Marriage: The Good, the Bad and the Ugly

Norman Rockwell

Words of LIFE - Weekly Devotional

Marriage: The Good, the Bad and the Ugly
Mark Gungor

"Let us run with perseverance the race marked out for us." (Hebrews 12:1b

Great marriages take courage. Whether your marriage is good, bad, or just plain ugly, there is always hope to make it great. But great does not come easily. It takes courage.

When we think of courage, we generally think of a person diving into an icy pond to save a friend or the soldier on the frontlines a battle. Most of us don't think of courage when it comes to facing our everyday stuff such as our marriage or raising kids. But it takes great courage to build relational intimacy, which is the oxygen of a marriage. It takes an enormous amount of courage to say, "This marriage is in trouble and we need to do something about it." It is much easier to put your troubles on the back burner, engage in the rough-and-tumble of life, and hope things will sort of work themselves out. Running from problems is always easier than solving them. But courage is willing to put on the gloves and say, "Let's fight for this marriage."

It takes courage to work through all layers of "stuff" we haul around, from masks to defense mechanisms to the select relational cover-ups we’ve mastered over the years. It takes guts to face yourself, to say to your spouse, "This is me. I know I'm wrong and I'm not proud of it."

Great marriages take discipline. When you look at successful people, you will find one thing in every case: it takes discipline to become successful at anything. Failure, for the most part, is due to people letting things slide. There is a lack of discipline. In his book The Road Less Traveled, Scott Peck writes, "Delaying gratification is a process of scheduling the pain and pleasures of life in such a way as to enhance the pleasure by meeting and experiencing the pain first and getting it over with." Discipline is simply a commitment to get the pain out of the way first.

Here is a practical idea: Don't go to bed mad. It was the apostle Paul who wrote, "Do not let the sun go down while you are still angry." (Ephesians 4:26) Decide in advance (a secret to being disciplined) that whenever you get into a spat, you will at least quash the negative emotions associated with the argument. And do it before you fall asleep (this will make for some long nights). You might not get the issue resolved, but you at least get past the hurt of disagreement.

Great marriages take endurance. Endurance refuses to cash in -- it pushes past quitting points. We live in a culture where we have come to expect things instantly. We like fast diets, overnight success, rapid fitness, and a 100-yard-dash to marital bliss. If we don't experience what we want in a reasonable amount of time -- say, in a day or two -- we think something is wrong. Those of us over 50 were once called the "now generation." We were pretty well-known for easily quitting things before the reward showed up -- jobs, educational paths, relationships, pretty much anything complex. Why? It couldn't be had, now. Sadly, the generations that follow expect no less.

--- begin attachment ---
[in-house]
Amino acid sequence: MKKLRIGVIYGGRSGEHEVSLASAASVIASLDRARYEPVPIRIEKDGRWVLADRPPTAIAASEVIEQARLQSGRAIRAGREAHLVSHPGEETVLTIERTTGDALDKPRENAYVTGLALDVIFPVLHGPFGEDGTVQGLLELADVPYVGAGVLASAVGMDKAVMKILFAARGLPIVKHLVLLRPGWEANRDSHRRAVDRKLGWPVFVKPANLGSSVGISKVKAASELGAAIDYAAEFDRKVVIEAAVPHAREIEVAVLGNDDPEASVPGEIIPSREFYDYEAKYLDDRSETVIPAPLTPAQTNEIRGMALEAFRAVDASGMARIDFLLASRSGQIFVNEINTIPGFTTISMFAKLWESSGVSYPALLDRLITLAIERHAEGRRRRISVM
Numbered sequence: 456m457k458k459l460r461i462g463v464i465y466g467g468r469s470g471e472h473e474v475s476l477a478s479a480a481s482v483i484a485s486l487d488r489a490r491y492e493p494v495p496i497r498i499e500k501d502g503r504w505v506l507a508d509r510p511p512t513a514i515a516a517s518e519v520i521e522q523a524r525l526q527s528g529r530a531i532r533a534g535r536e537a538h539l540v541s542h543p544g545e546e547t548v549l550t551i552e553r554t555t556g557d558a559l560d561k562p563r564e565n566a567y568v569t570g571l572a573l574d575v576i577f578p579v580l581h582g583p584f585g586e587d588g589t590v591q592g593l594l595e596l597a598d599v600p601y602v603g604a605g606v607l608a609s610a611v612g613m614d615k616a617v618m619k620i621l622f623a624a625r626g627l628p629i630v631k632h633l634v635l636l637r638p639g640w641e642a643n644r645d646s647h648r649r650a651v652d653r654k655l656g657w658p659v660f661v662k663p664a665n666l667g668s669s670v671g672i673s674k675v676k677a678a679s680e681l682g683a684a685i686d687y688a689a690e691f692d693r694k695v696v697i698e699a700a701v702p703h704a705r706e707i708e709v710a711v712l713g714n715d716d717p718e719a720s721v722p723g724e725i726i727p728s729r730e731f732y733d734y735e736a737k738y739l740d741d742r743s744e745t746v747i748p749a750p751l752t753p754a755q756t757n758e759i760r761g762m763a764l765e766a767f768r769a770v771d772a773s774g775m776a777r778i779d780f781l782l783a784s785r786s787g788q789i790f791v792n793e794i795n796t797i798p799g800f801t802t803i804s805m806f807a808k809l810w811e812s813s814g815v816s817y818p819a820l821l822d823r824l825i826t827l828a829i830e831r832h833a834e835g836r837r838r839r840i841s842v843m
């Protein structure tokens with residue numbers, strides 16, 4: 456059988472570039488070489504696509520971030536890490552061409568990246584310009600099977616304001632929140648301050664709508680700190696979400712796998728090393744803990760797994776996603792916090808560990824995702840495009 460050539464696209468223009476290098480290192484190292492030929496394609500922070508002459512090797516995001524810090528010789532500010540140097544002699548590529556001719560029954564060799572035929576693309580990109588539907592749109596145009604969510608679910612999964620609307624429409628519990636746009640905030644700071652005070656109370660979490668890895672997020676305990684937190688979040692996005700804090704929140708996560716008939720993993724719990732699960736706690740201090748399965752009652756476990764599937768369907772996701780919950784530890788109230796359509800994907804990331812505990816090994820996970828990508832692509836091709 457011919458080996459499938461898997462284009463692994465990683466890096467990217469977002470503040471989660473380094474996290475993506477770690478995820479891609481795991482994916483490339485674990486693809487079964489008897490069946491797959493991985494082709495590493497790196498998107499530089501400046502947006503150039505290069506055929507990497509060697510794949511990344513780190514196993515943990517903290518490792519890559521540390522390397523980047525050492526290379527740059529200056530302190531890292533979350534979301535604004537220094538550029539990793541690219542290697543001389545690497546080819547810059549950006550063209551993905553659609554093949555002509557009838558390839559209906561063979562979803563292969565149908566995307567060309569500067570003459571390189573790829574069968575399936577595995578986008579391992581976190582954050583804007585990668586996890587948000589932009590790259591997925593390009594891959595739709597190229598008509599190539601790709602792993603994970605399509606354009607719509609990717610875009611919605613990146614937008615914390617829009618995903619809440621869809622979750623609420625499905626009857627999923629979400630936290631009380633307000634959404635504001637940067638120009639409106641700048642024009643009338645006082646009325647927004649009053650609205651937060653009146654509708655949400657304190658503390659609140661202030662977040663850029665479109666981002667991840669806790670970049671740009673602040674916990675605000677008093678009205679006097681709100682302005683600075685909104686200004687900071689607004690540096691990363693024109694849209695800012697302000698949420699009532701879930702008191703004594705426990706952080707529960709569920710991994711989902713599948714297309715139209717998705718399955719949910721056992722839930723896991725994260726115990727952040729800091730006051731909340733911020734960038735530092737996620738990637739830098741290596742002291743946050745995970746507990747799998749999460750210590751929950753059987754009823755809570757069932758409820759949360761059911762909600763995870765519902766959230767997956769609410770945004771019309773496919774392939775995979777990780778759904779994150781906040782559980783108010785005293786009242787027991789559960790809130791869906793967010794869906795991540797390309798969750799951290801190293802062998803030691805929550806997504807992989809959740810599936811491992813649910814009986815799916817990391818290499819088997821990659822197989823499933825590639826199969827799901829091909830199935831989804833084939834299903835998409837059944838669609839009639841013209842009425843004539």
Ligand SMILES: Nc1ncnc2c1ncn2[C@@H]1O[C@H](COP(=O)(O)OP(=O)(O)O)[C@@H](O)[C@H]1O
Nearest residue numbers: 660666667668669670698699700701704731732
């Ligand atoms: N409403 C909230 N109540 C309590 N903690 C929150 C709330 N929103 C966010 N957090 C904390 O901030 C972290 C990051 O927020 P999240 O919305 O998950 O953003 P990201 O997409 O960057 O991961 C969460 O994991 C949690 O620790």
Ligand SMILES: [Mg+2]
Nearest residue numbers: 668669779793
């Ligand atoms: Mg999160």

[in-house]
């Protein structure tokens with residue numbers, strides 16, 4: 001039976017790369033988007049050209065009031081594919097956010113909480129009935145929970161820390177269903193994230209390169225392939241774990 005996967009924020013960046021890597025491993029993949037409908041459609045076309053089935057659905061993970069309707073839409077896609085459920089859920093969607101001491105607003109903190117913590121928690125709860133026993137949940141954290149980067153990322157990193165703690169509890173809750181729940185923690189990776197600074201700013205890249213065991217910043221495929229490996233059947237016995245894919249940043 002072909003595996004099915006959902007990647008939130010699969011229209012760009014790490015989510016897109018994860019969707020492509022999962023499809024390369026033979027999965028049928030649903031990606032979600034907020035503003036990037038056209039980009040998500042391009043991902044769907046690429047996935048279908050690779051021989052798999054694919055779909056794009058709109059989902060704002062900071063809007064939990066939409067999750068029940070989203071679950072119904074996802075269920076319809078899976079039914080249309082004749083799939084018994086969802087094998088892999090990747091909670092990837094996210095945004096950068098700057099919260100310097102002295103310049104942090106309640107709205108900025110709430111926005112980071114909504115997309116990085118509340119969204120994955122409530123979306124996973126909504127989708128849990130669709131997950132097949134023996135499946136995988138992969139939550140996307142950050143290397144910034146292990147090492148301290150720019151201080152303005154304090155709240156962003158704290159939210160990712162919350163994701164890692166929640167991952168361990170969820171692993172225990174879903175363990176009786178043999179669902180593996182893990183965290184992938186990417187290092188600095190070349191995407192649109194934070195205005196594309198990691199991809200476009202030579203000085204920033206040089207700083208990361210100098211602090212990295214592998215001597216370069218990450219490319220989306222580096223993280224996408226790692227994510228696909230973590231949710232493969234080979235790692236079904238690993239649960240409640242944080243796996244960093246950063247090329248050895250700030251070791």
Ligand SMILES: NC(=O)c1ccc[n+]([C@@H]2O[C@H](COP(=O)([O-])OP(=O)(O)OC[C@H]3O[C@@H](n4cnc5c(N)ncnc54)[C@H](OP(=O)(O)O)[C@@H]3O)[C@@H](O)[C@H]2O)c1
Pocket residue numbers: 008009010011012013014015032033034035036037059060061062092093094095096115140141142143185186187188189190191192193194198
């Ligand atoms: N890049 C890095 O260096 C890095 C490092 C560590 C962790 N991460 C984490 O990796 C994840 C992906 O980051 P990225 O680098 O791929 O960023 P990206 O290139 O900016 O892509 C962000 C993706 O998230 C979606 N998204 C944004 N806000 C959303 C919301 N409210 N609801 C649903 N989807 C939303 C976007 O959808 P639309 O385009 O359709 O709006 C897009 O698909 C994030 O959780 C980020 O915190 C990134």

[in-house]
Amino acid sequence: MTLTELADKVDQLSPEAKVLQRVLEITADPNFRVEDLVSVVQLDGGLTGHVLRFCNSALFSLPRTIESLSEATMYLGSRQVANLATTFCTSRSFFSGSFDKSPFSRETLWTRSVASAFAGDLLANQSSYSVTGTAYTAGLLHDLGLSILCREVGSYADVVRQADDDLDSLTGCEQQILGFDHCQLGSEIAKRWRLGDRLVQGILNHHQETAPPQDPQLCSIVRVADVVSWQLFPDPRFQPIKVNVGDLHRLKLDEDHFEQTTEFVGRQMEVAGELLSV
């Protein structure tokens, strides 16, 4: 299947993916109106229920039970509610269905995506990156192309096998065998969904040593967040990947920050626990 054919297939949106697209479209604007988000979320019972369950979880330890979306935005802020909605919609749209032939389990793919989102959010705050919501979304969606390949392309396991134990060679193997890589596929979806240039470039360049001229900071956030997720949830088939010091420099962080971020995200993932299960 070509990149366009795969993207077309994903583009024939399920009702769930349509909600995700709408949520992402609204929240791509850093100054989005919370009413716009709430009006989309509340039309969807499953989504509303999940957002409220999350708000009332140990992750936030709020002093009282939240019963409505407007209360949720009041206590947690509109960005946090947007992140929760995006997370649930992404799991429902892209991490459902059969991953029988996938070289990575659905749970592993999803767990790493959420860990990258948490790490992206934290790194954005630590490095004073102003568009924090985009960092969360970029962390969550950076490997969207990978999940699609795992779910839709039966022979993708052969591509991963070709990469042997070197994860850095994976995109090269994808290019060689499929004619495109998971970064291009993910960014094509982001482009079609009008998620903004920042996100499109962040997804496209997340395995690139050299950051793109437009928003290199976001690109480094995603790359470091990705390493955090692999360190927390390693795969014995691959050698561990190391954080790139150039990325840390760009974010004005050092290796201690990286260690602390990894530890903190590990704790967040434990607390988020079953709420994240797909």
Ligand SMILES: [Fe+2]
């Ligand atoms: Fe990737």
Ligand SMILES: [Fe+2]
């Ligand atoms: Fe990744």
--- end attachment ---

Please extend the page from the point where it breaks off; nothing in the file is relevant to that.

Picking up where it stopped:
Marriage is a marathon. Sprints and marathons are two distinct and different races. In a sprint, one of the most critical elements is the start. On the other hand, the start of a marathon is not important at all. It’s the endurance.

I never cease to be amazed at how many struggling couples point to the start as the reason for their struggles. "We were too young." "We've known each other for a long." "We didn't have enough money." They are convinced that the poor start is the reason for their troubles, but they are wrong. It is not the start that leads to a failed marriage, but the unwillingness to endure the race.

You don't do marathons quickly. You have to spread out your energy over time. Endurance is what empowers a couple over the long haul. It will enable you to push through all familiar conflict zones for the 10,000th time without quitting; you just keep going and going. Scripture urges, "Keep your eyes on Jesus, who both began and finished this race we're in.” (Hebrews 12:2) Study how He did it. Because he never lost sight of where he was headed -- that exhilarating finish in and with God -- he could put up with anything along the way: cross, shame, whatever. That's endurance. It makes marriages last.

This Week
Commit to a marathon in your marriage. If you are not married, save this devotional until that day arrives or forward it to someone who will benefit from the Biblical principles of a lasting, fulfilling marital relationship.

“Lord, help me to develop courage, discipline and endurance in my relationship with You, then carry it over to my marriage and other important relationships in my life.”

Mark Gungor is the senior pastor of Celebration Church in Green Bay, Wisconsin. He joins James and Betty this Monday and Tuesday on LIFE Today.

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